The La Center City Council will vote next month on expanding its city limits to include more than 470 acres of residential and commercial land that would connect the town to the Interstate 5 junction, officials said.
The city received the green light for the vote last week from the Clark County Assessor’s Office, which determined La Center had signatures from owners of 60 percent of the annexed property’s $22.8 million value, Assessor Peter Van Nortwick said.
The annexation proposal is important, La Center officials said, because it opens up commercial opportunities along I-5 that could make the city of 2,800 less dependent on tax revenues from card rooms.
The council will vote on an ordinance to approve annexing 471.38 acres into the city limits during its Sept. 14 meeting at 214 E. Fourth St. The meeting will also have a public hearing portion where residents can voice their opinions.
“We’ve been trying for seven years to get out to the junction, and we finally made it,” La Center Mayor Jim Irish said. “It gives the city of La Center its first industrial lands and access to the freeway.”
The annexation proposal does not have any bearing on the Cowlitz Indian Tribe’s attempts to build a casino on 152 acres of land west of I-5. Clark County filed a lawsuit against the federal government for giving the land to the tribe. The lawsuit is pending in federal appeals court.
The La Center City Council voted this year to open talks with the Cowlitz Indian Tribe, thus rescinding a previous policy blocking dialogue between the two parties. La Center’s desire to reach the I-5 junction has nothing to do with the Cowlitz Indian Tribe’s casino push, Irish assured.
“We’re not dependent on them because we still have the card rooms,” Irish said. “Obviously, that is a factor in the equation of the financial health of La Center, but it is not a key factor.”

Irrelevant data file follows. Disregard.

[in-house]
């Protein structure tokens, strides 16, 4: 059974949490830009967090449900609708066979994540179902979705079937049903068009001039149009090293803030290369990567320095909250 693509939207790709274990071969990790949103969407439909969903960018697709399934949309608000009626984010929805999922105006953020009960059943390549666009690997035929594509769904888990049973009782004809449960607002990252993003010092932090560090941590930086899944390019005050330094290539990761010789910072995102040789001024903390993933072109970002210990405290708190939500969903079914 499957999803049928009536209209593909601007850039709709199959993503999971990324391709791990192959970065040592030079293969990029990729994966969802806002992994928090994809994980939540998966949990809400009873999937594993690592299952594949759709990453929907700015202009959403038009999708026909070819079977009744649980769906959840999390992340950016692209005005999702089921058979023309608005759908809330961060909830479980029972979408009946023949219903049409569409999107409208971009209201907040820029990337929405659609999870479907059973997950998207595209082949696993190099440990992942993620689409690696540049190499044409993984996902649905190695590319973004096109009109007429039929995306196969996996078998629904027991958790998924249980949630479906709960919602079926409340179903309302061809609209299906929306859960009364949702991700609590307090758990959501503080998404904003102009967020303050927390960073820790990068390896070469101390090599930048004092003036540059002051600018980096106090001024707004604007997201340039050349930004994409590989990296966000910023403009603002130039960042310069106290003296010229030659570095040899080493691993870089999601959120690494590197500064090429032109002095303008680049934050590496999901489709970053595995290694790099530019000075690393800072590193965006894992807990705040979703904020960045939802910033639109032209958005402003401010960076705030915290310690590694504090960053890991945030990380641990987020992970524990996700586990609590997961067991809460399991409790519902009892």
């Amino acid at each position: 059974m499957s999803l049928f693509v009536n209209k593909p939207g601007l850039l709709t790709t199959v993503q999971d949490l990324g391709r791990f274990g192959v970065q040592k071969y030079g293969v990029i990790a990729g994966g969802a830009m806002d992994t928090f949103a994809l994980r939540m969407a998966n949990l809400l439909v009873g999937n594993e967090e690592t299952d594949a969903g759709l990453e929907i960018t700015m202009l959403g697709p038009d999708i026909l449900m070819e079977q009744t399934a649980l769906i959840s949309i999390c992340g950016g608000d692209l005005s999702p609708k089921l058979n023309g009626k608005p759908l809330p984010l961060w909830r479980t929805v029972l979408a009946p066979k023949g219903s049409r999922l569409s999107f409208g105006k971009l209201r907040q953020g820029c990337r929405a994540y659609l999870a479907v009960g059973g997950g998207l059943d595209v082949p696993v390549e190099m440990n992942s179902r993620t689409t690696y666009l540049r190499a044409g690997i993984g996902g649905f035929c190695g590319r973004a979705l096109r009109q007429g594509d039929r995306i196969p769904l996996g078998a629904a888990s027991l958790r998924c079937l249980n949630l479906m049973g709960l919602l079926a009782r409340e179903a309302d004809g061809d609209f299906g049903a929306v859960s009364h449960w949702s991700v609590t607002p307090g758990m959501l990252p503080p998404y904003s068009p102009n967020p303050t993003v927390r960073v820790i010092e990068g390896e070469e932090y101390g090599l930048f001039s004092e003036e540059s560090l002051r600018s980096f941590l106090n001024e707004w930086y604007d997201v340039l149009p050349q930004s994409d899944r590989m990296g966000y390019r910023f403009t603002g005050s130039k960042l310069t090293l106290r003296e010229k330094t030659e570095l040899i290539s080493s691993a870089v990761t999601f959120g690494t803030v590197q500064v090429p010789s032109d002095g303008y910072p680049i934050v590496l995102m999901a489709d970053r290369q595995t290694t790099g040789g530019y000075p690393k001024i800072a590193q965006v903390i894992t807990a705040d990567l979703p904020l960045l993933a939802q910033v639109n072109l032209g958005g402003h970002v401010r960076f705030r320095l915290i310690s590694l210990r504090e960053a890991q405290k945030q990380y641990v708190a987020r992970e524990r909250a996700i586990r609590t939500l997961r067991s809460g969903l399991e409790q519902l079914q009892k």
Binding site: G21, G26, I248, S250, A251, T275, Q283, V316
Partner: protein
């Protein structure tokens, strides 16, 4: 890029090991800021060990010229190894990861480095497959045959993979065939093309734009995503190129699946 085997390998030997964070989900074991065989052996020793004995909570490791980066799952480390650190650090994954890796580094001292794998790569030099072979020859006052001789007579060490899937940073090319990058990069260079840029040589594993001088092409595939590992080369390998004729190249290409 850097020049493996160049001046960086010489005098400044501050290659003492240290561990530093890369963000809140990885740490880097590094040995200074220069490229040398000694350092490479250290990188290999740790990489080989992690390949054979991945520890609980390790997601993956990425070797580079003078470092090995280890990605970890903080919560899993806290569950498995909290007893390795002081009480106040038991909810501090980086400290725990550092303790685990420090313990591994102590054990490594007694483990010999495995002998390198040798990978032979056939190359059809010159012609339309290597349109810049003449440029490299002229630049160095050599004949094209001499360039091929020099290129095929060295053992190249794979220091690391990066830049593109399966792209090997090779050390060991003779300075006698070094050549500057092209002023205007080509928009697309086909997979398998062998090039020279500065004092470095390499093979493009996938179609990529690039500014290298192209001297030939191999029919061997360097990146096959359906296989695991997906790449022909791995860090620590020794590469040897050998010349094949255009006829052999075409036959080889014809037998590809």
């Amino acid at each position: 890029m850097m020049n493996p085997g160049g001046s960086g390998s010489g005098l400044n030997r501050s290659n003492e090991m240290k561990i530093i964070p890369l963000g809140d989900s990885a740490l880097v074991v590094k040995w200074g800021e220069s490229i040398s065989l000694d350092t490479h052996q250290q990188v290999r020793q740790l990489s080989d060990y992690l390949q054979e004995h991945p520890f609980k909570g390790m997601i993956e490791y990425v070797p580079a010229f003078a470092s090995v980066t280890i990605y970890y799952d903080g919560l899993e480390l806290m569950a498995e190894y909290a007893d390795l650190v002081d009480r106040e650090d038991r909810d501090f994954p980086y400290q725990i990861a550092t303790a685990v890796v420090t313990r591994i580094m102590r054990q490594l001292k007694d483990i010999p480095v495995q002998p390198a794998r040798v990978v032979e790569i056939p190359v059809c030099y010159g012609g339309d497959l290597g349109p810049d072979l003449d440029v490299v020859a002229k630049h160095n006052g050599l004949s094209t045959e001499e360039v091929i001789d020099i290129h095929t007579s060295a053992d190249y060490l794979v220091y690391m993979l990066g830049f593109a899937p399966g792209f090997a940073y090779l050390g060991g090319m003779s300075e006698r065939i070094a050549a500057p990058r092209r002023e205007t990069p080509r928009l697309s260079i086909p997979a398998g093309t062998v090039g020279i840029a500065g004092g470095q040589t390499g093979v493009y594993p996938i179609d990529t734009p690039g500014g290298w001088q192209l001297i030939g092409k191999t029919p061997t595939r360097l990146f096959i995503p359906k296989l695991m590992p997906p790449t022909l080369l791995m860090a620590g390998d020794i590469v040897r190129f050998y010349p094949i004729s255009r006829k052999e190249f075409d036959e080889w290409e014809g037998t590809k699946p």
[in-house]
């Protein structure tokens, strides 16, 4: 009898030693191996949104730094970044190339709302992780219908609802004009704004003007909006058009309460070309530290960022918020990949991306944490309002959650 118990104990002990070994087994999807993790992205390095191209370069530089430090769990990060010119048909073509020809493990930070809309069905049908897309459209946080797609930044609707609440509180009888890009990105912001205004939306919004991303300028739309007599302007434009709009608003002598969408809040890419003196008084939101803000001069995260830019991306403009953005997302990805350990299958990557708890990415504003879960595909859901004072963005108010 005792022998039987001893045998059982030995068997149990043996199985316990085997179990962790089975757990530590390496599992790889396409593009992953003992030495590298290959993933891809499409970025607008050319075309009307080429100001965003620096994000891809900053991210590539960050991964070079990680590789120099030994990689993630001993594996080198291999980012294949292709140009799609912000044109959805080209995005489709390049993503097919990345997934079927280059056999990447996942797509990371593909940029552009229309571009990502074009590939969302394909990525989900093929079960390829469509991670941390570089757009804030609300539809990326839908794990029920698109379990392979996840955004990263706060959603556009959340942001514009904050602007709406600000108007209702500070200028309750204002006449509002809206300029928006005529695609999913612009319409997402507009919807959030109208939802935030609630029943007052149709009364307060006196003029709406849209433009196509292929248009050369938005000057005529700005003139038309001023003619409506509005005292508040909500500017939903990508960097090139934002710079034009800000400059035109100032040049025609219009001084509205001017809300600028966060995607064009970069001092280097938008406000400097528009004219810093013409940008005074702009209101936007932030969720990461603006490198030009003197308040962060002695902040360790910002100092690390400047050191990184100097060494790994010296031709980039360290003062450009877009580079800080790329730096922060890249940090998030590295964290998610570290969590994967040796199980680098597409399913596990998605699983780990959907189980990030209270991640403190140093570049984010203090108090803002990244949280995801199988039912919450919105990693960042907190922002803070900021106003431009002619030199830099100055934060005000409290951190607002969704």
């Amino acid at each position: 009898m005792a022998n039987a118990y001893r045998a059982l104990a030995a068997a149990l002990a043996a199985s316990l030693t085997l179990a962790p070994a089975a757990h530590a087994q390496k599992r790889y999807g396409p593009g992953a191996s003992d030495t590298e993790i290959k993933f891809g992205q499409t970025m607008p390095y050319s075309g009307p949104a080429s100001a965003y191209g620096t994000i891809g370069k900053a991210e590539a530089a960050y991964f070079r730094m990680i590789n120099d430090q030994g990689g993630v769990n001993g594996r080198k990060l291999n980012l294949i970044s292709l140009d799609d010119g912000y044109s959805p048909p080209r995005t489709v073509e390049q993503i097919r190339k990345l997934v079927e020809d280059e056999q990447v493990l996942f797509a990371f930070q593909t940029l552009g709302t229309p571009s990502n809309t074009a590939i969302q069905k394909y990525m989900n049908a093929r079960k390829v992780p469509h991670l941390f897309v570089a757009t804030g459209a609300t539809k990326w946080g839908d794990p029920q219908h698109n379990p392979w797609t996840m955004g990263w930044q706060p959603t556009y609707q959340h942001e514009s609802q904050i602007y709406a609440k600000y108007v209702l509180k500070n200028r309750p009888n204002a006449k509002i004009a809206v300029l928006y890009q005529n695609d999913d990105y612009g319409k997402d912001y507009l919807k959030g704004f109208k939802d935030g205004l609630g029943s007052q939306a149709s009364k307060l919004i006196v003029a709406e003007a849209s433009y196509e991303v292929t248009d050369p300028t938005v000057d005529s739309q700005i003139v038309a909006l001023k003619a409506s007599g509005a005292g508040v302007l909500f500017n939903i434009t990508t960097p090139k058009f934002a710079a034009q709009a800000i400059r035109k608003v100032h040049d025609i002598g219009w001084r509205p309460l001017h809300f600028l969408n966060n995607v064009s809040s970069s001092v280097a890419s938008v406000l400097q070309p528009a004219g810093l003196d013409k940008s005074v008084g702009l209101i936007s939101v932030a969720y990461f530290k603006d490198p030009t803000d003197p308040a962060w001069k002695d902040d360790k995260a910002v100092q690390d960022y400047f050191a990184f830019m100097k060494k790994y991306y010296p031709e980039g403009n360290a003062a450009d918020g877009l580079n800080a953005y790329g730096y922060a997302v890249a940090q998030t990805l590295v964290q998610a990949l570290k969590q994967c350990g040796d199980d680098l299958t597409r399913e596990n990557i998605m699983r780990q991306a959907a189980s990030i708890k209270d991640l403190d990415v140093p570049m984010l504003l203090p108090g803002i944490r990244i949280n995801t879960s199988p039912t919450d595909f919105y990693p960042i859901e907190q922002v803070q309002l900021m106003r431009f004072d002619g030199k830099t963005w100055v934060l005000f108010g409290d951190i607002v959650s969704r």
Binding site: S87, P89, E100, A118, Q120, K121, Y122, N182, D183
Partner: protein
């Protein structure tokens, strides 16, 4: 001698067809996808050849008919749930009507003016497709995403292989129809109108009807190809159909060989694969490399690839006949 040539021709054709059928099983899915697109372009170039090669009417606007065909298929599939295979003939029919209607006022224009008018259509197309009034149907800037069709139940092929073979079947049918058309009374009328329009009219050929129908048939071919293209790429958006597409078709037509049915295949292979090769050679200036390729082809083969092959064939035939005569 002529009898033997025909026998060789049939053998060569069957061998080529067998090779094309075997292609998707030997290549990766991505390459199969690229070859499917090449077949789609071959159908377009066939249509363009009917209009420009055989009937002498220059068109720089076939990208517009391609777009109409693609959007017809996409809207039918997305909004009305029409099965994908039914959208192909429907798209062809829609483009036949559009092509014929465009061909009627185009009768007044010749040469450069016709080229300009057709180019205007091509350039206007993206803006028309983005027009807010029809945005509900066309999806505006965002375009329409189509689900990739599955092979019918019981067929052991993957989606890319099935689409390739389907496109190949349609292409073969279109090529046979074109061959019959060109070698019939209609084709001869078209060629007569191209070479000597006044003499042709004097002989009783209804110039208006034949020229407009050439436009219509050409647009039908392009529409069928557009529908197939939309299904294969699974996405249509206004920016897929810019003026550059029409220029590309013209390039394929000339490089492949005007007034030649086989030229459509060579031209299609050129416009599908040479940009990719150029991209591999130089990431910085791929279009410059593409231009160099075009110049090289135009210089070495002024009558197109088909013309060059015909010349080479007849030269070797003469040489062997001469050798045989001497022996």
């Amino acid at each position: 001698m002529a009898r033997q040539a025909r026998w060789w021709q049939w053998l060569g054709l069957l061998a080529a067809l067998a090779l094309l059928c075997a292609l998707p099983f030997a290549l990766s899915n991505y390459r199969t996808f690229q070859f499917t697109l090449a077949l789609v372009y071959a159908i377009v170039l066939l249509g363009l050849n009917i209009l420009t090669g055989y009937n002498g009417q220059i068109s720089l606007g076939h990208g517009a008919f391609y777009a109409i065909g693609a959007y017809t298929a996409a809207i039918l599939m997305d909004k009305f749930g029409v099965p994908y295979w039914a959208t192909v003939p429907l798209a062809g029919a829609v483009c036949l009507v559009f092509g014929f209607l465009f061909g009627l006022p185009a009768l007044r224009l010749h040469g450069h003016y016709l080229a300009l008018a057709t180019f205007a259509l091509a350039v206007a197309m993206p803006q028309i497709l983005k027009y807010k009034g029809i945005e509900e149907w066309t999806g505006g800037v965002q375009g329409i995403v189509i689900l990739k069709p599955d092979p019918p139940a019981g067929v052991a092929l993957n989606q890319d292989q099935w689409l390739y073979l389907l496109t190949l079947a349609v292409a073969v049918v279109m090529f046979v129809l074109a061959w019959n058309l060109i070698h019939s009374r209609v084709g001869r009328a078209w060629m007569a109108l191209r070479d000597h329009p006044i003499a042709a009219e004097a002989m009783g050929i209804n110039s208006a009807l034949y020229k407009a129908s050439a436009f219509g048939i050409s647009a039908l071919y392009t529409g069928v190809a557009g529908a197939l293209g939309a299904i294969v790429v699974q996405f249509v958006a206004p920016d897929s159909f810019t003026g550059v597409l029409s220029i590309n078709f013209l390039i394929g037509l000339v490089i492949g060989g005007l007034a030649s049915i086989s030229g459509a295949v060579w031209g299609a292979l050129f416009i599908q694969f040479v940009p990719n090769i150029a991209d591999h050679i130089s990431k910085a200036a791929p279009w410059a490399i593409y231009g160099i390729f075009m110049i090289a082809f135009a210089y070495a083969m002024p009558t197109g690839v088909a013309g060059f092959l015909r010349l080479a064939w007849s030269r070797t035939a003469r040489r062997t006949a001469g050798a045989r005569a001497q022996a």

The annexation could bring more property tax money to the city, said Suzanne Levis, finance director for La Center.
Retail businesses at the junction could also lead to retail taxes beneficial to the city and provide jobs to local residents that would not require long commutes, Levis added.
“We really want to diversify our economy,” she said.
Residents inside the annexation area will not be forced to connect to city water or sewer lines if they already have water wells and working sewage, said Jeff Sarvis, director of La Center’s Public Works Department.
The city is weighing options on how best to provide sewage, how much it will cost and where the sewer lines will be placed, Sarvis said.
Recent upgrades to the city’s wastewater treatment facility ensured the city would be able to accommodate growth until the year 2020. La Center made $13 million in upgrades in the past 18 months to handle as much as 3 million gallons of water per day.
The city paid for the expansion with $10 million from the state’s Public Works Trust Fund, which must be paid back over 20 years. The city also supplied $1.5 million in matching dollars and $1.5 million from its reserve.